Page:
Tradition Meets Creativity with Intercontinental Cask Ale Collaborations
Stone Brewing Co.’s Mitch Steele served as one of the first international participants back in 2008, and his continued collaborations always prove enormously popular. His recent Wetherspoon creation, a Double IPA dry-hopped with Mosaic and Centennial hops, was brewed at Adnams Brewery in scenic Suffolk. Steele saw the beer as a big hit that probably made no money for Wetherspoon because of exaggerated U.K. beer taxes on higher alcohol brews. “It seems as though high ABV ales are sometimes frowned upon in England,” he noted. “In fact, there were even a few Wetherspoon pubs that refused to serve my Double IPA, because of the alcohol content.”
Steele recalls many people in the United Kingdom who still think of American standard lager as the only beer the United States has to offer. “Bringing over high-profile brewers and introducing people in the U.K. to the way we brew has been fun, and we’ve gotten great feedback on our beers. One of the funniest experiences was back in 2008 when we did the first American craft beer for Wetherspoon, and the IPA we brewed was actually the top-rated English beer on RateBeer for a while!”
Fat Head’s Brewery’s Matt Cole recently completed his third brew for Wetherspoon—Rocketman Red—an American-style amber ale that showcased an elegant caramel and toasted malt character balanced by an American hop finish. “I brewed at Wadworth Brewery in Wiltshire,” said Cole. “I loved working in this historic facility and seeing how they’ve integrated the old brewhouse with their modern facility to maintain tradition, yet increase efficiency.”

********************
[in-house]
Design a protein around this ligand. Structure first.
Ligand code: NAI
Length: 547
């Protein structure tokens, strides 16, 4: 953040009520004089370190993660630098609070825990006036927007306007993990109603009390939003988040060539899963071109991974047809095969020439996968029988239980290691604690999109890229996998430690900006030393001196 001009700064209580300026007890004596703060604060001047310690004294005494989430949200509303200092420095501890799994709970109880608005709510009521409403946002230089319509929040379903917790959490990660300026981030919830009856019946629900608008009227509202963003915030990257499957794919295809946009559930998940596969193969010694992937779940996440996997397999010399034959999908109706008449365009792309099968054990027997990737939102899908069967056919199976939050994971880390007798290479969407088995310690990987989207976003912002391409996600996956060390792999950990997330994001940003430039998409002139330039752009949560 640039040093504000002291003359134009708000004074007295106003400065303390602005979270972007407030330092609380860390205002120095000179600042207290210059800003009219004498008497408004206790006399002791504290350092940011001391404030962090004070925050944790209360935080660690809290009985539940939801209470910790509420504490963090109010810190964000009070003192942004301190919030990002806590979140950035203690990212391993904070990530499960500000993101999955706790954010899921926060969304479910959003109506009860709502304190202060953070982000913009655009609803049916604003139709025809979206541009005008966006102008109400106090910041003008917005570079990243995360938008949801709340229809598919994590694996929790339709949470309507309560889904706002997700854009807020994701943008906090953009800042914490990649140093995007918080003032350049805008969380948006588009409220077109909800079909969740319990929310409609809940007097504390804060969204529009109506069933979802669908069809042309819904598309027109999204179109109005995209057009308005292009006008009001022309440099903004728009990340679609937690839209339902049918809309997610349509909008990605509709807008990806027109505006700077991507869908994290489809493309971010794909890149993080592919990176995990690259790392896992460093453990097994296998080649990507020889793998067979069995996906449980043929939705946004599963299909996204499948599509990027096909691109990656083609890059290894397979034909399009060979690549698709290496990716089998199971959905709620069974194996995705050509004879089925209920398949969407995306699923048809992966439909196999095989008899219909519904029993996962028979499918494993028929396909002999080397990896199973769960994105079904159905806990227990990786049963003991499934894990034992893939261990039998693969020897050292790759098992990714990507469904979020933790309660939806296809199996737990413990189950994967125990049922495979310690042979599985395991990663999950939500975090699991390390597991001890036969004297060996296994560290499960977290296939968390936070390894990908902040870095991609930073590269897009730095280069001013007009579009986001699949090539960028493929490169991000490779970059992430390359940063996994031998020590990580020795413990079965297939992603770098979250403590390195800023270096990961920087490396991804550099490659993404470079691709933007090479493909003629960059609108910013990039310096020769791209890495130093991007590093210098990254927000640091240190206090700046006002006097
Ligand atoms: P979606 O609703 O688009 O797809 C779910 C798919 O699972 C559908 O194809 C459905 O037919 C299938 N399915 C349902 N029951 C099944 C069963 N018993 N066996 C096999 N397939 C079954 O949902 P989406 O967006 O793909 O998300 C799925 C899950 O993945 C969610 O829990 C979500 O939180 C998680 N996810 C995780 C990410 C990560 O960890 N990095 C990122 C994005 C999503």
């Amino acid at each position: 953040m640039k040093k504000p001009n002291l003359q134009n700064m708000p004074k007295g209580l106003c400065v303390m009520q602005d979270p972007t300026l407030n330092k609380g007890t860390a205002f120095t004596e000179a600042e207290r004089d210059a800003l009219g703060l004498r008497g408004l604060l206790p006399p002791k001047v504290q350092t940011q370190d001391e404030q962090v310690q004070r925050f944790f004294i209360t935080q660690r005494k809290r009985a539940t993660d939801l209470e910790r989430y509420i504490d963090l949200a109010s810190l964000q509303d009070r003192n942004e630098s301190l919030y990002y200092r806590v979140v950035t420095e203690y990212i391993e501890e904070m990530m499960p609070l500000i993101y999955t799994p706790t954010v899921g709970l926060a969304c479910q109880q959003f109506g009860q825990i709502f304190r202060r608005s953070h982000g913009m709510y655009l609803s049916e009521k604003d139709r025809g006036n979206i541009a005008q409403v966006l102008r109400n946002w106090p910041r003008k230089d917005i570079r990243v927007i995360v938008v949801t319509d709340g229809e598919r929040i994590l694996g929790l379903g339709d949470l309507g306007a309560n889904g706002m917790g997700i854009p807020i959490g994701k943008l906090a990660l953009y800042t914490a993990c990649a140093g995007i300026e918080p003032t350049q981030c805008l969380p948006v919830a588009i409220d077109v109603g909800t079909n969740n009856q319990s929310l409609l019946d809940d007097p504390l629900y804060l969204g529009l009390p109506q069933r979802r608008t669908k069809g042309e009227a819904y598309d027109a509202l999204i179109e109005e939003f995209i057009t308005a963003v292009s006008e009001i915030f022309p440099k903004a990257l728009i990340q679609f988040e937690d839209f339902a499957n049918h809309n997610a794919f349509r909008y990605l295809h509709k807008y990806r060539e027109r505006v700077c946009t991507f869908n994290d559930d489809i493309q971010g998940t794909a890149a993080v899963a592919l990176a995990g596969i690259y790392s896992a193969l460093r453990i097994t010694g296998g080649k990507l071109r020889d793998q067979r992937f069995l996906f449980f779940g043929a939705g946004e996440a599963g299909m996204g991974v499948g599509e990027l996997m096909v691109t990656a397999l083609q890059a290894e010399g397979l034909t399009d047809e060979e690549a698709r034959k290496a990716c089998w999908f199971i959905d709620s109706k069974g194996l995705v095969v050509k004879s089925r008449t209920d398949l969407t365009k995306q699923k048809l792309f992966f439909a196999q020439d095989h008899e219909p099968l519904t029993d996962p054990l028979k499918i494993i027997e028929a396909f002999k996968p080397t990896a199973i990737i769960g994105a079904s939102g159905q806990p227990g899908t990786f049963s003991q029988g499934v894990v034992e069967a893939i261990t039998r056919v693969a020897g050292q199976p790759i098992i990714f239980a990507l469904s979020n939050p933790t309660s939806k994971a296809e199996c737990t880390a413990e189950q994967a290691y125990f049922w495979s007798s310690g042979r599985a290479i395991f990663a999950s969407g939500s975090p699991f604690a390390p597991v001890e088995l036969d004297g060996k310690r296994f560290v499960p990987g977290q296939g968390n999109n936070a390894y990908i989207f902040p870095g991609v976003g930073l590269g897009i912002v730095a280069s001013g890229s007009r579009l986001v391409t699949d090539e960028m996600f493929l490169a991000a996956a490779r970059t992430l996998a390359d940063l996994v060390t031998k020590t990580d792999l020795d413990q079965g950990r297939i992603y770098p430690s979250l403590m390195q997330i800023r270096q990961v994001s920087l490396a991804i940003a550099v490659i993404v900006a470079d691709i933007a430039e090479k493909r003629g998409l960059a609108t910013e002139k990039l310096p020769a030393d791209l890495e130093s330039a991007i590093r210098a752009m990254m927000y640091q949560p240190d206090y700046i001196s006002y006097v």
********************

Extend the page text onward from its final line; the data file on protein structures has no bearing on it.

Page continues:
Jason Oliver, brewer for Devils Backbone Brewing Co. in Virginia, visited Banks’s Beer in Wolverhampton to create Independence Ale. “This was a 4.8% ABV pale ale that would be tapped around the Fourth of July, so I decided to use both U.K. and U.S. hops to symbolize the shared history and special relationship between England and America,” noted Oliver. “I think it’s great for foreign brewers to experience English cask ale, and I always look forward to my first pint of real ale when I arrive in London.”
Along with talented American brewers, Wetherspoon also hosts beer artisans from a variety of other countries. Kelly Ryan, head brewer for Fork & Brewer in Wellington, New Zealand, journeyed last year to the long-established Batemans Brewery in Lincolnshire to showcase aromatic New Zealand hops in his Pacific Pearl Black IPA. Ryan recalls, “I officially brewed the beer that contained the most hops in the history of Batemans! It’s an honor to craft something that comes from your imagination and bring it to fruition on a large scale. The Wetherspoon collaborations make this possible.”
Owen Ogletree is a BJCP National Beer Judge, editor of Brewtopia.info and founder/director of the Atlanta Cask Ale Tasting and the Classic City Brew Fest in Athens, GA.